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Review: Tarab, “Strata” (Unfathomless)

Eamon Sprod records music in the field, but don’t mistake the product of his labor for a field recording. In some hands microphones and tapes are used to capture the buzz of insects or the sound of rain pelting the land—whatever the subject might be—with the intent of faithfully reproducing those sounds later in a living room or in a pair of headphones. Replication is the documentarian’s craft. Sprod’s is magnification. He singles out particular noises, brushes them off and, like a geologist or an archaeologist, excavates them from the sediment of ordinary commotion. His efforts yield an enlarged world of microscopic rhythms and porous surfaces, small remnants that point to the unbroken environments from which they were culled. But Sprod re-purposes those extractions as musical vehicles too, for both re-hearing and re-imagining the world.

Strata is a telling title. Maybe the perfect title for this album, because, in order to get what he wants, Sprod has to dig into the dirt. He trains his microphones on the gritty crunch of busted concrete and loose gravel, buries them in the ground to pick up the vibrations of subway trains, and lets them loose over a wide surface where dogs bark and the hum of cars, planes, and other machines mingle chaotically. Most public spaces are filled with sounds like these, but they pass by unnoticed for a variety of reasons: visual distractions pull our attention away from them or other sounds roar rudely into our ears masking the quieter noises that smolder in the dark. Some sounds require special equipment to hear and other times there is simply too much happening to catch it all at once. Whatever the case, our senses fail to report the entire scene. Sprod’s method of recording and composing brings those silenced sounds back to consciousness, with a twist.

Read more at Brainwashed (with sound samples)…

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On Field Recordings

photo by Jana Winderen

photo by Jana Winderen

Two great articles from Richard Pinnell and Patrick Farmer were recently published over at The Field Reporter, both concerning field recordings. They’re highly recommended for anyone interested in the Anne Guthrie album I reviewed over at Dusted, or in the Michael Pisaro records I’ve covered, or in any kind of experimental music whatsoever really. The Lambkin and Lescalleet trilogy on Erstwhile comes immediately to mind too.

Pinnell and Farmer start their discussion with the latest Tarab album on Unfathomless, which I’m in the middle of reviewing now. You can listen to a sample and read some more info about that release here, if only to get your feet wet before diving into the discussion.

Here are the links: Strata, Part I – Strata, Part II

A couple of key quotes follow, but I highly recommended taking the time to read both posts thoroughly. There are some great insights there:

Eamon [Tarab] here seems to do so much more than take a couple of nice sounding field recordings and see how they sound juxtaposed over one another. He seems to begin with a sense of structure and then applies the material to it, rather than the reverse. Certainly I wouldn’t say that this is the only way a composer can successfully work in this field, but currently, and I think increasingly, it seems to be the most likely to be successful, to my ears at least. All too often the structure of releases in this area seems to be shaped by the found material. Sometimes, such as for instance in the work of Vanessa Rossetto, or parts of your own Pictures of Men album with David Lacey this can work simply because the field recordings used are so original or striking in themselves, but then all too often we are also presented with perfectly pleasant but quickly forgotten collages of pretty textures. Harsh generalisations perhaps, but it really does begin to feel that way. It takes a strong compositional voice to stand out from what is currently an overcrowded but underdeveloped corner of the musical world, and I think to a large degree Tarab achieves that with Strata.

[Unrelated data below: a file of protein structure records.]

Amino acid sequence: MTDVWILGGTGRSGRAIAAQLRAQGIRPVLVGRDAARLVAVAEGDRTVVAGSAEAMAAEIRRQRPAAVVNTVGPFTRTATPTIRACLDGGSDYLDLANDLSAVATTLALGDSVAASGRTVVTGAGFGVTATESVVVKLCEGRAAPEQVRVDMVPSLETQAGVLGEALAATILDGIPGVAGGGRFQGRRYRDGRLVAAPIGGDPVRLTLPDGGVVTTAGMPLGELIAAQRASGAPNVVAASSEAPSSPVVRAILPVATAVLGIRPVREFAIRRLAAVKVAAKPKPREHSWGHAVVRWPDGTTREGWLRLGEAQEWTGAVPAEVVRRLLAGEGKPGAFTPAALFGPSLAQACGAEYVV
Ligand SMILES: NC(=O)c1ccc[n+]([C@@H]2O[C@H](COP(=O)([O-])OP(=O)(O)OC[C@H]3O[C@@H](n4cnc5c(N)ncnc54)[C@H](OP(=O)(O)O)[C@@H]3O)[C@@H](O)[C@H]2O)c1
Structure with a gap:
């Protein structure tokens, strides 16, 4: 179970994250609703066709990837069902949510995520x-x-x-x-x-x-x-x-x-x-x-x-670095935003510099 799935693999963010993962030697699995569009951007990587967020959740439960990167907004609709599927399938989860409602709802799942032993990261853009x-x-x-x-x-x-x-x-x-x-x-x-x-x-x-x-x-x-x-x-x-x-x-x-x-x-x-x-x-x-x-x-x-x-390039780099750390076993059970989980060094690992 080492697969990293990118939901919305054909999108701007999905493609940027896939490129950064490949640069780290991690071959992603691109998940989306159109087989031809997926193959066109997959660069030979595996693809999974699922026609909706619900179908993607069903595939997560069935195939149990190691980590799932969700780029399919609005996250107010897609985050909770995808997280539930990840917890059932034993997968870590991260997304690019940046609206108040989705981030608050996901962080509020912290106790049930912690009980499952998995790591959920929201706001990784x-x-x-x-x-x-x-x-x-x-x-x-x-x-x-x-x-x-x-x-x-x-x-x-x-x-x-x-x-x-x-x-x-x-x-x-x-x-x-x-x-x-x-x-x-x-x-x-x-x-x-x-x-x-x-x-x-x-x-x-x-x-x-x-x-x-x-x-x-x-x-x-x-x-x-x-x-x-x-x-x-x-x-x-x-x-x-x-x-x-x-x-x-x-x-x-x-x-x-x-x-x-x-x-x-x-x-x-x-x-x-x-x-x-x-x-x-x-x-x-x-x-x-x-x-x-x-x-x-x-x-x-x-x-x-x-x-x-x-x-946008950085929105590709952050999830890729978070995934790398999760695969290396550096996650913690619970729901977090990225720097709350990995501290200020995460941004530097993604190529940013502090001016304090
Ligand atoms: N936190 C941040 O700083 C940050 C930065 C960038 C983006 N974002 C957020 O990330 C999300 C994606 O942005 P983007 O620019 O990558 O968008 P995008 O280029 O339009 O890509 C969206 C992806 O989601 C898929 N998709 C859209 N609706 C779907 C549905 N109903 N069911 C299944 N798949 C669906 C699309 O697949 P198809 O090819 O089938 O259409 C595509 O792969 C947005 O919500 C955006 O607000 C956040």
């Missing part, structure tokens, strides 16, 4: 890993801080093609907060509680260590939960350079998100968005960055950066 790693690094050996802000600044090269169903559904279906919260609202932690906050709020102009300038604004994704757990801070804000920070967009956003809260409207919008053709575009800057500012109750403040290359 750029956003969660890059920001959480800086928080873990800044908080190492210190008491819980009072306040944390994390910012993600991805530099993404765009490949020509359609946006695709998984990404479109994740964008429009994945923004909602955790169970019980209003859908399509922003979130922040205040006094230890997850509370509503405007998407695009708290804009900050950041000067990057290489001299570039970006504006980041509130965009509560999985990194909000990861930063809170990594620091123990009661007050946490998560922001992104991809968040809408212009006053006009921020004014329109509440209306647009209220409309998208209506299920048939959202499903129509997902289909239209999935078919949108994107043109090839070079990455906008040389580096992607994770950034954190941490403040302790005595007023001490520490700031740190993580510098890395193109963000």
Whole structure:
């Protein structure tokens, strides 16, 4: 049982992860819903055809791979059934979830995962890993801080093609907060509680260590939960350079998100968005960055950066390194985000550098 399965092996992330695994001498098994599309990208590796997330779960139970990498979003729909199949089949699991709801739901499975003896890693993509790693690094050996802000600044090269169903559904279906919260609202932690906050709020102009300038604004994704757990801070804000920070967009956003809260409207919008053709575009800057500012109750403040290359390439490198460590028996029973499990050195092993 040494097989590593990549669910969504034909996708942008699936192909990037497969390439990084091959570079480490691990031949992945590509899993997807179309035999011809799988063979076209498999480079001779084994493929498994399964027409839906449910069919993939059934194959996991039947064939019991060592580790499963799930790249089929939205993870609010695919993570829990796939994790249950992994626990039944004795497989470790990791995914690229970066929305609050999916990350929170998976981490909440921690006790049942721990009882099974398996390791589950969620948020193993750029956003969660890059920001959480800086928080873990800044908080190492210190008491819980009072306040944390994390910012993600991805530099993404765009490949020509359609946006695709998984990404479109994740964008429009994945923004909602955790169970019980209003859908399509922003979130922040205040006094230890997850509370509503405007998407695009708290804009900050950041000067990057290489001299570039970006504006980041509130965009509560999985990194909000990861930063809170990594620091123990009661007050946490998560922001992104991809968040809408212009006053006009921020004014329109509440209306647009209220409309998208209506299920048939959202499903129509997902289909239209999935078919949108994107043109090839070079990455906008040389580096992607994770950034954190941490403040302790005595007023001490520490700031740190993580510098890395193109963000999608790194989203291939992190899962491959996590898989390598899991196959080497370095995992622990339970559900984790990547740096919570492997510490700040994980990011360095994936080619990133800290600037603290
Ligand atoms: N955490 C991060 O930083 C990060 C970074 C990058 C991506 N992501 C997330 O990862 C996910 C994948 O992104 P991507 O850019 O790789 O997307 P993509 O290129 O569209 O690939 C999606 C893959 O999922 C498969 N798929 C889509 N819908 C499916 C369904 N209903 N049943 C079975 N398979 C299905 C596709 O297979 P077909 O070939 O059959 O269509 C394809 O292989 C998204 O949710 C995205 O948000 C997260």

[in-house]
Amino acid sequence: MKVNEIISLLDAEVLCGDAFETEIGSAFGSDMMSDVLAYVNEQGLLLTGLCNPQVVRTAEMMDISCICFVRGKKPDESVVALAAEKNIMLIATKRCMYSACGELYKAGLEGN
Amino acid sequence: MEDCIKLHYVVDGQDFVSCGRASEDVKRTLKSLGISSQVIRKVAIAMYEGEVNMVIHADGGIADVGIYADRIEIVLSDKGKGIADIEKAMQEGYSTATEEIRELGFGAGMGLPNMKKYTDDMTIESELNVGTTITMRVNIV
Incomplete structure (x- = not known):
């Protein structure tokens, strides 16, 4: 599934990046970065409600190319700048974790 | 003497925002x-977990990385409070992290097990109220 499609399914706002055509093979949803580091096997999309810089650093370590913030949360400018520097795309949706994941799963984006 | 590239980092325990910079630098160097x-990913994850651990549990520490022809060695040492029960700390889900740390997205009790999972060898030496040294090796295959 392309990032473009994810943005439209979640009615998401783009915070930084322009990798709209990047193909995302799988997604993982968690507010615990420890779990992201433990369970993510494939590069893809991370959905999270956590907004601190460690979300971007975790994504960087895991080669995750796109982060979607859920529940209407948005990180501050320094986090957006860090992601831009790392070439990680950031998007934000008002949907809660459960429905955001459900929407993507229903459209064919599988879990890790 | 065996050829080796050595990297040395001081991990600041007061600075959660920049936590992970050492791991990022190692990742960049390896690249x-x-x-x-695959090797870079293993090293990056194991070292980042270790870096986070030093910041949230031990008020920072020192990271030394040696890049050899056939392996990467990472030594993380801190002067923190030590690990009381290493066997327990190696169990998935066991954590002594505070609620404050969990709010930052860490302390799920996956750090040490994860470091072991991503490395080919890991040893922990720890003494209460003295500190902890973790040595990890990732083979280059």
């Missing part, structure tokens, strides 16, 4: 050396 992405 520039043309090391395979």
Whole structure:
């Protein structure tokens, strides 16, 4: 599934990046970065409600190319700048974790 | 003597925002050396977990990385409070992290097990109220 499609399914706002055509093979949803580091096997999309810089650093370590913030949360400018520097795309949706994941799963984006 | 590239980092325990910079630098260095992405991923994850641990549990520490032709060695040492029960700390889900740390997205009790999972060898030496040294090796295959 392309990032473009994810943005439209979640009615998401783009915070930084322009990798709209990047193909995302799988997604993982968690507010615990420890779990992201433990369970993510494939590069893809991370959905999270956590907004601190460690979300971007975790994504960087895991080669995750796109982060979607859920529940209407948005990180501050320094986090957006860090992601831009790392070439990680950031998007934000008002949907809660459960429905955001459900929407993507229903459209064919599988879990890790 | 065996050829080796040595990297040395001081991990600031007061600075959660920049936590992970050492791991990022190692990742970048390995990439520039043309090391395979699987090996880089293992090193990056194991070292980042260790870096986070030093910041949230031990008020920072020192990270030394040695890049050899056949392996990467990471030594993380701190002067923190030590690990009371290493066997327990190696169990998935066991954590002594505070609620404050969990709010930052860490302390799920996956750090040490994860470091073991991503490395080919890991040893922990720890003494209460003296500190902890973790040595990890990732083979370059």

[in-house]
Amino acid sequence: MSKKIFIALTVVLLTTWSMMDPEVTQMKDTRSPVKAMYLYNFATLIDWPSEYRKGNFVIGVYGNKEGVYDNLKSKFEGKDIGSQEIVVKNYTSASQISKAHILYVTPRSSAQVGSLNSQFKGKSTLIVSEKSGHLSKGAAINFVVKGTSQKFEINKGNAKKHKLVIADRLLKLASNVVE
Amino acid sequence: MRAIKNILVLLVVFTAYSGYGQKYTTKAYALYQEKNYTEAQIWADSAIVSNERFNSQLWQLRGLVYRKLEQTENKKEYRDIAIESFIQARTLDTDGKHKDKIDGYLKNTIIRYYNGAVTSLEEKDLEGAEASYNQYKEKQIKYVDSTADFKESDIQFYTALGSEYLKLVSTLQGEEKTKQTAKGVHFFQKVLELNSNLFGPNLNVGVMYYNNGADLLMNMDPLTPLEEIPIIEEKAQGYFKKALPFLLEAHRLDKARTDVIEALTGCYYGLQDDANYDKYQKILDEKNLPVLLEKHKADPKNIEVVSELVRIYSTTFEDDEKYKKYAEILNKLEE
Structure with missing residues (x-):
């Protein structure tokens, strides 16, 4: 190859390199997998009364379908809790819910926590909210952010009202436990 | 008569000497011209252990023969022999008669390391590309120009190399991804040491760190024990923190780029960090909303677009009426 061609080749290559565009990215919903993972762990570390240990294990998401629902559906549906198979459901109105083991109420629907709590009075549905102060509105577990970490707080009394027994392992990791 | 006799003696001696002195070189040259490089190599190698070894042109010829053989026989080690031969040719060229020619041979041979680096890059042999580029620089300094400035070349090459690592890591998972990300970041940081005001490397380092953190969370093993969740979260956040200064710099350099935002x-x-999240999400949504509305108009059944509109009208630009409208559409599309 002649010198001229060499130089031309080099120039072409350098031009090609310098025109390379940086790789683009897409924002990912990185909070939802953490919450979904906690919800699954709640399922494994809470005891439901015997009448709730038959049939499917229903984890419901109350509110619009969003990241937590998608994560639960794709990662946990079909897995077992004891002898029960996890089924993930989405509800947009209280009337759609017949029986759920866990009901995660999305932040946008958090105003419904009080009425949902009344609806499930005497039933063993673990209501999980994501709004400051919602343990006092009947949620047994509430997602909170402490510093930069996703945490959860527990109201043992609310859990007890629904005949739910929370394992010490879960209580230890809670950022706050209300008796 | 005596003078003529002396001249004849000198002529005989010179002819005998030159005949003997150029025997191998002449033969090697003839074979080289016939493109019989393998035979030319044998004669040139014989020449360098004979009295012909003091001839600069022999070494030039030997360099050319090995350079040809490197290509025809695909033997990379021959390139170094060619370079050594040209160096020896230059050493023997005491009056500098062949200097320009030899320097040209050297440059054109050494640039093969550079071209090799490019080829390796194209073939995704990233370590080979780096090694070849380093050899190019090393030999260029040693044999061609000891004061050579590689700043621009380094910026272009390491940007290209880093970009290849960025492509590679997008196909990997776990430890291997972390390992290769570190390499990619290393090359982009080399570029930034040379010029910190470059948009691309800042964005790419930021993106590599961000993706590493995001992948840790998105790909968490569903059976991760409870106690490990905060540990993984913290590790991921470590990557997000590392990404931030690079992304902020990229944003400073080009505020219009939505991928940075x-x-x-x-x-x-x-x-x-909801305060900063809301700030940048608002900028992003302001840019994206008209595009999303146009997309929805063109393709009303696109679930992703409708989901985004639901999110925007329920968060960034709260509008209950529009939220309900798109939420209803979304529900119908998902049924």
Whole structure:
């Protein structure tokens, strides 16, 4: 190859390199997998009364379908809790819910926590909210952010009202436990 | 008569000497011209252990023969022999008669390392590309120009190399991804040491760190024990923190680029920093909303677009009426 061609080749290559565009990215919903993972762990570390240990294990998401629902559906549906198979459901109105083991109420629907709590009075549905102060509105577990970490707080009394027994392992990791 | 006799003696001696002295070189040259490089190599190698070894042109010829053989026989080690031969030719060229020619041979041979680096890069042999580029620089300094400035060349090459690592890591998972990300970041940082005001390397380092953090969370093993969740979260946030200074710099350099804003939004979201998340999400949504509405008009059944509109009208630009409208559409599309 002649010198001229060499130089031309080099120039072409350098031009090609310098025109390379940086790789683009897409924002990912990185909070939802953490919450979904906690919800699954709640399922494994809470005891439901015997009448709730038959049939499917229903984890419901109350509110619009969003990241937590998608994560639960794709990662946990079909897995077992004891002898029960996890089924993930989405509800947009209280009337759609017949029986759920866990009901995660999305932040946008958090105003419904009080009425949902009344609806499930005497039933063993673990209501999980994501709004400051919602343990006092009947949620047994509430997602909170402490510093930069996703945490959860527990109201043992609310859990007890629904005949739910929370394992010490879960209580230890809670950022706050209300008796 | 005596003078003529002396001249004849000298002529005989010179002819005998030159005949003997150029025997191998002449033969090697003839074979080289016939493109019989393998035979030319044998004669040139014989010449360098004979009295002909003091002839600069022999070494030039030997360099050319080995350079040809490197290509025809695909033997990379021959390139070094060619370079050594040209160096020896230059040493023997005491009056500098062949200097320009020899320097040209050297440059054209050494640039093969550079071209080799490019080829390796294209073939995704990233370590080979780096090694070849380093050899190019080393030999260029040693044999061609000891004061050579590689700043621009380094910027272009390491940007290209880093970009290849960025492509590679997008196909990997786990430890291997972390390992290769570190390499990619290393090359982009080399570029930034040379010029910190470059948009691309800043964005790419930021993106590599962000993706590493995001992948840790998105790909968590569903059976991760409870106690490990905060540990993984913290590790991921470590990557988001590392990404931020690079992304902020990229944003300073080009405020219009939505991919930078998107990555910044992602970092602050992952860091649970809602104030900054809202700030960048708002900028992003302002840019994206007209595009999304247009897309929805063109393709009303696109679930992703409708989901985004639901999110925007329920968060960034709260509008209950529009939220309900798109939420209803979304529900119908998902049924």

Material is often synonymous with structure, indeed it becomes structure, just as structure can become material, for a time. The important thing to remember, for me, is that it is indeed material, I don’t consider my recordings to be representative, I don’t consider them to say something poignant about a location, not on their own anyway. I think that unedited, whatever, field recordings, can be wonderful, just look at Marc and Olivier Namblard’s new release, and I think that, timed correctly (again, whatever that means at the time) a field recording can be utilised wonderfully during a live performance – I’m thinking of Pisaro in particular here. But this takes me back to my previous point, about so much of the responsibility lying in the camp of the one listening to the CD – which is not something the person who made the release has much, if any, say over.

There is, on some level, little difference in many ways between what Tarab does on this album and what Luc Ferrari and the GRM required a room full of equipment and the privilege required to access it to achieve.